1. Bandwidth may refer to the range of frequencies that an electronic
signal occupies on a given transmission medium. Any digital or analog
signal has a bandwidth. In digital systems, bandwidth is often expressed
as data speed in bits per second. In analog
systems, bandwidth is expressed in terms of the difference between the
highest-frequency signal component and the lowest-frequency signal component.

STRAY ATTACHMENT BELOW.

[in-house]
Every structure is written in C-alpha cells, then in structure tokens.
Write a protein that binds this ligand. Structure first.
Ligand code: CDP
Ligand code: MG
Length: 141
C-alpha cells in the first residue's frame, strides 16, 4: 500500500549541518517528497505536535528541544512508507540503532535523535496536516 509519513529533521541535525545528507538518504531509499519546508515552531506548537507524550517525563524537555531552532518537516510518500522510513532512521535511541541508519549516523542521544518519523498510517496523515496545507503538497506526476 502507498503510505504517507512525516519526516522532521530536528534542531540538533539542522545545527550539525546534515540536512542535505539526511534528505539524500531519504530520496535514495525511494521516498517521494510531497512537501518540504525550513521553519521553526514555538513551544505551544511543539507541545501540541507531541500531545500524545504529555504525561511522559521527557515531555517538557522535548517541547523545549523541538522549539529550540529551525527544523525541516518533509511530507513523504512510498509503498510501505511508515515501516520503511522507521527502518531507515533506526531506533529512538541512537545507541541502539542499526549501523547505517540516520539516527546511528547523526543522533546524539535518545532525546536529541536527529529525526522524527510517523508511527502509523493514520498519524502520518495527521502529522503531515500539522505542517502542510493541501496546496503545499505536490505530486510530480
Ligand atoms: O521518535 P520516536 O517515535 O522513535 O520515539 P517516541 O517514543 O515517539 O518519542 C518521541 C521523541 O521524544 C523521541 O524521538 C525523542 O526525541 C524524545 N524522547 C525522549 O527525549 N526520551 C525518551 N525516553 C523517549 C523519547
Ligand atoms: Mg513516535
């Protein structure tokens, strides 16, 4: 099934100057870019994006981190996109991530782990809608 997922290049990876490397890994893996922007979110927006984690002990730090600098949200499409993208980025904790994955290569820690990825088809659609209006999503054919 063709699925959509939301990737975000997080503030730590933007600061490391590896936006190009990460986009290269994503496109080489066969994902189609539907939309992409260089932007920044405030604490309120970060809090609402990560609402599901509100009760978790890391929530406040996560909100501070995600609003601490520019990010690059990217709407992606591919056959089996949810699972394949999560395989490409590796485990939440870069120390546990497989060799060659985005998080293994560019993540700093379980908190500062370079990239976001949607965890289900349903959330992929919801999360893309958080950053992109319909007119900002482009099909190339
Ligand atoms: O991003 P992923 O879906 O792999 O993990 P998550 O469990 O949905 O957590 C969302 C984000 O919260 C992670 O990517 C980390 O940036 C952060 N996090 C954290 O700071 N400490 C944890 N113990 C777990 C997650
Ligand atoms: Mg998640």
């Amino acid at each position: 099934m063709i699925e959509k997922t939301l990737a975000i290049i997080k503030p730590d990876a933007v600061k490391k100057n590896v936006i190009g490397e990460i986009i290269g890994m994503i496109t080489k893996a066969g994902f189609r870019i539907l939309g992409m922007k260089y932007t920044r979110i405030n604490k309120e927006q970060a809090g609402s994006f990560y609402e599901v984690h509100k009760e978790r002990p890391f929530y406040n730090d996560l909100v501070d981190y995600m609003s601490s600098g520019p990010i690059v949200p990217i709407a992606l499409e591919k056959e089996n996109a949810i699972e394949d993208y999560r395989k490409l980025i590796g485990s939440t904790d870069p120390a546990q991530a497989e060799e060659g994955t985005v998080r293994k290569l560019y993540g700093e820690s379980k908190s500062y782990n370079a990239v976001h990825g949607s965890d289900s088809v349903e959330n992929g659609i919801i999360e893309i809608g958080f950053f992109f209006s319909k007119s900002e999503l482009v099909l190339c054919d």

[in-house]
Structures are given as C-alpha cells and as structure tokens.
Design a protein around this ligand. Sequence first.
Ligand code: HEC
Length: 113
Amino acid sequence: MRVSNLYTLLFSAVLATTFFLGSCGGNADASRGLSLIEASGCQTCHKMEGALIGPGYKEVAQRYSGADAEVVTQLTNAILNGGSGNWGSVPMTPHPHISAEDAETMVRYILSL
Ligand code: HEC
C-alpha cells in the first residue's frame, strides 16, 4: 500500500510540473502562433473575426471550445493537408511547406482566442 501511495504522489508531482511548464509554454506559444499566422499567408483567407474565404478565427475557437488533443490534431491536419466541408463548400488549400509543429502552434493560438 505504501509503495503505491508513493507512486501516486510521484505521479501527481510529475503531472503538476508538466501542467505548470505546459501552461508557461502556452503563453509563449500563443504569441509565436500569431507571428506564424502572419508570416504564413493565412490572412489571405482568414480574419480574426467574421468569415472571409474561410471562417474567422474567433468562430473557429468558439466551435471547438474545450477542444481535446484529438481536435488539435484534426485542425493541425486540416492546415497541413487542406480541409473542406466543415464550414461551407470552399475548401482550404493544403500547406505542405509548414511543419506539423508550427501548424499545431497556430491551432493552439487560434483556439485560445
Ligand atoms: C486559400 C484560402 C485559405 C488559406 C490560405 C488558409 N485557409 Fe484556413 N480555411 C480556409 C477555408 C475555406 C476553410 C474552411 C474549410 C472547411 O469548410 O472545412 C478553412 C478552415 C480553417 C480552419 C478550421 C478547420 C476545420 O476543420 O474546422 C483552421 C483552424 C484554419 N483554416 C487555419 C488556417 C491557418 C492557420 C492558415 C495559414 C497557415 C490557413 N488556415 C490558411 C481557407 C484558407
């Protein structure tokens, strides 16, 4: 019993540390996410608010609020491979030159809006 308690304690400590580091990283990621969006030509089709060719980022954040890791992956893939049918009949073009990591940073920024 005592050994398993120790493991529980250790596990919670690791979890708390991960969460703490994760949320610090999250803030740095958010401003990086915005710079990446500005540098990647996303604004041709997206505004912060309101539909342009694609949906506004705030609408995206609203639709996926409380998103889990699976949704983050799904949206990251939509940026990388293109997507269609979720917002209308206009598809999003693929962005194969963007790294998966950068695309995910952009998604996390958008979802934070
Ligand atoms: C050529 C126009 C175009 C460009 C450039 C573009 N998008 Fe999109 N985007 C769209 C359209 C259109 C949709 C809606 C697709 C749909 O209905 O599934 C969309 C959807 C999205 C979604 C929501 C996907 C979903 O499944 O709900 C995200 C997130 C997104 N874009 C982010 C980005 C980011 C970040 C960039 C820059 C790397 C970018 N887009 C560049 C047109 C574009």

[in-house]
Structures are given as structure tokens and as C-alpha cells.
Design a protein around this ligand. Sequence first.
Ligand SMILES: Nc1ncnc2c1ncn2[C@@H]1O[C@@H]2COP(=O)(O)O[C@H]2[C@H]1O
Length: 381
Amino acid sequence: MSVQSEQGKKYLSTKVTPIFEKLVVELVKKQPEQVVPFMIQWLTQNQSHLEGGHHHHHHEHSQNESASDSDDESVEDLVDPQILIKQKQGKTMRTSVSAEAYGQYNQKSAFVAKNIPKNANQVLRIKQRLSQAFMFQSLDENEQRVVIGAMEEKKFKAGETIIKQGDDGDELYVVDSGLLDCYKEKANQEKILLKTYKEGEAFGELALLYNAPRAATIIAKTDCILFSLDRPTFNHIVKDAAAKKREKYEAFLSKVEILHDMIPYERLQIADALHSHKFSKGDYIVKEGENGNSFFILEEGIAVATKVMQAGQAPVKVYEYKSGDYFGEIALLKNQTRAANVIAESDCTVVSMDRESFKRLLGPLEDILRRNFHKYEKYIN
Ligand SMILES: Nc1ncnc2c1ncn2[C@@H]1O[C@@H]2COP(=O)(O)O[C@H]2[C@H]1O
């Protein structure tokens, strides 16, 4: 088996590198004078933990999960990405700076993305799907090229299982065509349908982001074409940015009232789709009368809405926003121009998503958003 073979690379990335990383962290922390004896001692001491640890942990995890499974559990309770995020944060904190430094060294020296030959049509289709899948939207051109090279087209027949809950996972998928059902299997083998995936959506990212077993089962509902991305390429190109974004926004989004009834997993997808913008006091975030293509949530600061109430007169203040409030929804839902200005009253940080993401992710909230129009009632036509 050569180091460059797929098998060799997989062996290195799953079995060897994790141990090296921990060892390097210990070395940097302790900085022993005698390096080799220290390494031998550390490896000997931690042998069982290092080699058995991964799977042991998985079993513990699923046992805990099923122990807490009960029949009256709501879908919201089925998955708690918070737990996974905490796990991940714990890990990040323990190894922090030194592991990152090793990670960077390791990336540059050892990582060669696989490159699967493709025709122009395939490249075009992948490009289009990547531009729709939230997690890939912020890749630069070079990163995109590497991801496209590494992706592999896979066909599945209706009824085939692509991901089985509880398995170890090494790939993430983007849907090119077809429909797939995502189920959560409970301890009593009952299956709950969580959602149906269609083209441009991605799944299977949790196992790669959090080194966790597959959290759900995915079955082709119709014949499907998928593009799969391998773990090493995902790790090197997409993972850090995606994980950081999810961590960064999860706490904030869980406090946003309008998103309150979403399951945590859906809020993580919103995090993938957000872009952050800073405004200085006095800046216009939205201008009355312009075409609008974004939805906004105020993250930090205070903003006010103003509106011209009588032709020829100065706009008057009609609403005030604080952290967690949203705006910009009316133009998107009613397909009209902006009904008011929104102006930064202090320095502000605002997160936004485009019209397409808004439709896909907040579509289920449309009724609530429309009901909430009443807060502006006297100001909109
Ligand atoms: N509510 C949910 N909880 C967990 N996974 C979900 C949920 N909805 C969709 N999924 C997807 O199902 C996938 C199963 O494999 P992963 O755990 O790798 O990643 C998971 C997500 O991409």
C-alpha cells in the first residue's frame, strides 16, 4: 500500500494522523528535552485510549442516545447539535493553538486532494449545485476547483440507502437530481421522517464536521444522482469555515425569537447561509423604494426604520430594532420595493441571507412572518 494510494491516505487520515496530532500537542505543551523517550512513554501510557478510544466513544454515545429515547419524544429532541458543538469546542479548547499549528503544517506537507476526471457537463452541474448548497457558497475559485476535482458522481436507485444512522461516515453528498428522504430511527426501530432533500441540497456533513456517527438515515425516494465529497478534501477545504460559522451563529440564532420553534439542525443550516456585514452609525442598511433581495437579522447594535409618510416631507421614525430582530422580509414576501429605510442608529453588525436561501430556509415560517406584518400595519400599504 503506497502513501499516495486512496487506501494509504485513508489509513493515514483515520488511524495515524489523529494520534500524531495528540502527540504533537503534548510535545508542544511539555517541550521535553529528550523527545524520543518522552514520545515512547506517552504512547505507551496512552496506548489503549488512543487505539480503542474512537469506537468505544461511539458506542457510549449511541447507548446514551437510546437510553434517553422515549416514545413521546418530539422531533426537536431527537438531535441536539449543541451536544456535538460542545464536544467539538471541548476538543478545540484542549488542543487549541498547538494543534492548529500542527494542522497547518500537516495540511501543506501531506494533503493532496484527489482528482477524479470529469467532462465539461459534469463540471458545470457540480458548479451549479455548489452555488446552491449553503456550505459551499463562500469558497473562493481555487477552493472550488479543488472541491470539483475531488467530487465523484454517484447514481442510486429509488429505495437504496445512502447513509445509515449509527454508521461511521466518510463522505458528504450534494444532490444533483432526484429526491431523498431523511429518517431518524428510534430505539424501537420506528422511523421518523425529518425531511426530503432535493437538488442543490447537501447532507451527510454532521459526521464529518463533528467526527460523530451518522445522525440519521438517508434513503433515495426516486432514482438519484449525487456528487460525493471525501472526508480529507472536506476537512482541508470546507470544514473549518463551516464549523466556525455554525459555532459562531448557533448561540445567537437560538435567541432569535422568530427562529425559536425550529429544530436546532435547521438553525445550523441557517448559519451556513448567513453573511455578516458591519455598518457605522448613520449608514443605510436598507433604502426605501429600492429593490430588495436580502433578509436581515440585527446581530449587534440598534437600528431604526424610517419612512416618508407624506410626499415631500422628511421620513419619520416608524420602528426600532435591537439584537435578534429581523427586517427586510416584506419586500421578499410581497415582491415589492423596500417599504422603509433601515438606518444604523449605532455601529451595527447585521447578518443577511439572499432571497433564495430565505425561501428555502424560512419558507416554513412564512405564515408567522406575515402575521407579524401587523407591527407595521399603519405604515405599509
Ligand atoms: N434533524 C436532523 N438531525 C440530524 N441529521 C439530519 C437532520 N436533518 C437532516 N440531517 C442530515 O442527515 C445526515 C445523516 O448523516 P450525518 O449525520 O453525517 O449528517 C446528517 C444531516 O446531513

For example, a typical voice signal on an analog telephone line has
a bandwidth of about 3 kHz. An analog television (TV) broadcast video
signal has a bandwidth of 6 MHz, some 2,000 times as wide as the telephone
signal. As a general rule, systems with more bandwidth can carry more
2. Bandwidth may also be the range of wavelengths or frequencies to which an antenna is sensitive.
3. In communications and computing, bandwidth is the rate at which data is transferred, usually measured in bits (or megabits or gigabits) per second.